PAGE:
OFFBEAT Here's an academy that encourages not just students but also the hearing and speech impaired to enroll for its course in architectural communications
The Dhrishticone Architectural Communications office in Adyar buzzes with conversation ranging from light-hearted coffee talk to architectural jargon doing the rounds in front of computers displaying complicated designs. In a far corner sits Venkatesh, submerged in angles and tangents, seemingly oblivious to the chaos around him. Prodding further, one is told that he is hearing and speech-impaired but is one of the ‘best employees', according to boss Vijay Bargotra.
“This boy came from Vellore with a basic training in software skills. Someone asked me to give him a chance and he bowled me over with his capabilities. I decided that he must be motivated and now he's doing really well here,” Vijay Bargotra says, adding, “He inspired me to start Dhrishticone Academy, where I think speech and hearing-impaired people with an artistic inclination will get an opportunity to build a successful career.”
The Dhrishticone Academy will begin on October 14 with a one-year certificate course on architectural communication for architects and aspiring students.
While Vijay will take care of the artistic aspects of the course, two trained staff will conduct the rest of the sessions and Venkatesh will be an instructor for other hearing and speech-impaired students.
“This course is for everyone who is interested in being a liaison between the client and an architect. Usually, the client doesn't understand our sketches. Architectural communication is to transform those into visuals that he can relate to. There aren't many good communicators in the building industry today. We have all the software necessary but don't know how to see through them. We will teach them how to see a drawing visually,” reiterates Vijay.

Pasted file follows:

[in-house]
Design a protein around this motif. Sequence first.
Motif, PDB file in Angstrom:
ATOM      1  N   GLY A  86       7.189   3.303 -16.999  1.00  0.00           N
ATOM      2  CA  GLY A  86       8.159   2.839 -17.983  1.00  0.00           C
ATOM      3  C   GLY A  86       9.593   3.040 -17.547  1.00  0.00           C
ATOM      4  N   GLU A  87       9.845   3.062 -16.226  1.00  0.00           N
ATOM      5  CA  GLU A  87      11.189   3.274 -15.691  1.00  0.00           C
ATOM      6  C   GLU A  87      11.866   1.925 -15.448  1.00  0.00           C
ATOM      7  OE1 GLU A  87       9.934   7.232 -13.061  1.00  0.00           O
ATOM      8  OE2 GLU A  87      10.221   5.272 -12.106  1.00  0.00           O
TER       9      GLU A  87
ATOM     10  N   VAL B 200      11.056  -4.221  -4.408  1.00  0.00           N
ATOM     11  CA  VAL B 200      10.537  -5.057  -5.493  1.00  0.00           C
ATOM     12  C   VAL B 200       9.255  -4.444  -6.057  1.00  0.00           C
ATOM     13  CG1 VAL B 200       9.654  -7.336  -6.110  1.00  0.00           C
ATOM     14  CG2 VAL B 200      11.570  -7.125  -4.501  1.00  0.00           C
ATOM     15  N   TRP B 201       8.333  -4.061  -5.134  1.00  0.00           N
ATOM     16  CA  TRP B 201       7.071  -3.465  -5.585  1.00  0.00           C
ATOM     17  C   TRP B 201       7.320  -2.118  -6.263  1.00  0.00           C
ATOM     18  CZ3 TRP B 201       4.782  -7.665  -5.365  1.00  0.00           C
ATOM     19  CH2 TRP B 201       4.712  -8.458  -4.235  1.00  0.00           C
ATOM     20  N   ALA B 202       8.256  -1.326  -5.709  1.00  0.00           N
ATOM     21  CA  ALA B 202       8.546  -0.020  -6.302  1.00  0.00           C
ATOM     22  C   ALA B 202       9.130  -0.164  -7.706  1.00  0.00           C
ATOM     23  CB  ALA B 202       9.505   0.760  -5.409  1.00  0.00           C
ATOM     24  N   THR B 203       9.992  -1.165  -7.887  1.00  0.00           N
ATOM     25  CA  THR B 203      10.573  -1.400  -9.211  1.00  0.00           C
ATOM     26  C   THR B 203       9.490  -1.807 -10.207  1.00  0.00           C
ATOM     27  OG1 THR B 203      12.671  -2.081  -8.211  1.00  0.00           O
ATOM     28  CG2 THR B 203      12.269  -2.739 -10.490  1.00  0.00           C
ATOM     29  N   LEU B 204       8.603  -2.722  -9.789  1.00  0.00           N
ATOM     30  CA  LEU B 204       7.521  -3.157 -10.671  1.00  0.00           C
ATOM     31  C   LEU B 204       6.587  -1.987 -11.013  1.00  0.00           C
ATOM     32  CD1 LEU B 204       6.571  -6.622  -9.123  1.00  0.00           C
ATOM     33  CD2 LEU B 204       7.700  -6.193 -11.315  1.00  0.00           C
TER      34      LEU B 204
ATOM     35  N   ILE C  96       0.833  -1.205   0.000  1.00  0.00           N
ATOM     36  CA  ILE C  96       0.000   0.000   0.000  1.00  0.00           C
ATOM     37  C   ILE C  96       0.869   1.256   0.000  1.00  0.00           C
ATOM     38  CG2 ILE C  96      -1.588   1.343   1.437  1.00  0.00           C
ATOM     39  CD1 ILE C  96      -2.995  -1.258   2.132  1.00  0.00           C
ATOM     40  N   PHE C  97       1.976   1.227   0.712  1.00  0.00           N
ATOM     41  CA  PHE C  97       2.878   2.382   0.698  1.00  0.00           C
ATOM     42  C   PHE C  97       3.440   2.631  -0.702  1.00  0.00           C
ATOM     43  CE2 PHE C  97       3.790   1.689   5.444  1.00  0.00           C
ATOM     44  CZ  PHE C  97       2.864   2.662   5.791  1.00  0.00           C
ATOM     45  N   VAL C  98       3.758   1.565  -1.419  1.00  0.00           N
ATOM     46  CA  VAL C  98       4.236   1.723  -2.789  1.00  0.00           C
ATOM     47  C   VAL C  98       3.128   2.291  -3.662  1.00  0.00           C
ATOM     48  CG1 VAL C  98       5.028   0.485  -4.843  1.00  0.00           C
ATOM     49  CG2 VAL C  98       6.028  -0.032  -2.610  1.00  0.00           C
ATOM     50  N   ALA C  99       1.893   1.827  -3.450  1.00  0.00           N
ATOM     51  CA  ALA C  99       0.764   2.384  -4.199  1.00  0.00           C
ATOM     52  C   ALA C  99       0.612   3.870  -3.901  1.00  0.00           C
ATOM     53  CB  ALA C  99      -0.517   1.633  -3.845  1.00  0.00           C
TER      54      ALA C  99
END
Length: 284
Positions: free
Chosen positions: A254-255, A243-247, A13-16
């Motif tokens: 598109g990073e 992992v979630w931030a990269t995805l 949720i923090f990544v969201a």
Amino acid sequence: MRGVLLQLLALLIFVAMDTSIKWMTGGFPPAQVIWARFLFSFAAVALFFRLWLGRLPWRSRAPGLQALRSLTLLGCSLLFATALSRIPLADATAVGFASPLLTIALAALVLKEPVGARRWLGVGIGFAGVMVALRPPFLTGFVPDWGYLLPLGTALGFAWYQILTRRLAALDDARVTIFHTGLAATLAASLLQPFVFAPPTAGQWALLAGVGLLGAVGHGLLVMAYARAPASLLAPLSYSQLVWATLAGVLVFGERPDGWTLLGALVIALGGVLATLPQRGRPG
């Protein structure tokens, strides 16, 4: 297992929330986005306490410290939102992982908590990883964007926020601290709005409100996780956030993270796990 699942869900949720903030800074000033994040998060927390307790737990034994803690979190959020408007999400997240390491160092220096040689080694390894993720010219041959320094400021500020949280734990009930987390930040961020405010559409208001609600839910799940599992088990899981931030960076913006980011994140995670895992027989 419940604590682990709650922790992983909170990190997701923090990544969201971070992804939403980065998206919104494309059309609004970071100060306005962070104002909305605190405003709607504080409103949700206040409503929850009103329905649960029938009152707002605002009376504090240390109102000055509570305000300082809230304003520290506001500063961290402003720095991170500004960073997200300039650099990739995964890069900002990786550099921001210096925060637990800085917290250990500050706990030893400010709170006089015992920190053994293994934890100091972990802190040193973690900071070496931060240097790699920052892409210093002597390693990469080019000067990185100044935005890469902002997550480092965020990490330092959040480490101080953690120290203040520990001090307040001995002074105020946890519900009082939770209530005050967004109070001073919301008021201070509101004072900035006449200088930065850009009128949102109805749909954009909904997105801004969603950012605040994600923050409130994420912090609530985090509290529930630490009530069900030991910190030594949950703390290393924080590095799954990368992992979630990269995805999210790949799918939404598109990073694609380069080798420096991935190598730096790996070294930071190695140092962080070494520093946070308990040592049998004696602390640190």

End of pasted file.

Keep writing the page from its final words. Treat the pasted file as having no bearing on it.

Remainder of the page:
The artist-turned-architect also believes that people with hearing or speech impairment are innately good at this job as they are void of distractions and focus better on the task.
“In this course, the challenge is to communicate effectively. It's no different for anyone as compared to someone who can't hear. At the end of the day, Venkatesh surpassed his reference and if others work hard, they can too. You don't even need to be an architect to communicate visually. You just need to be artistic. The students will even be given personality training at the end of the course to make sure their confidence levels are high,” he says.
But Vijay feels that having Venkatesh around has perhaps awakened his inner calling. “You know how people always talk about their inner calling. I think I've finally found mine,” he smiles.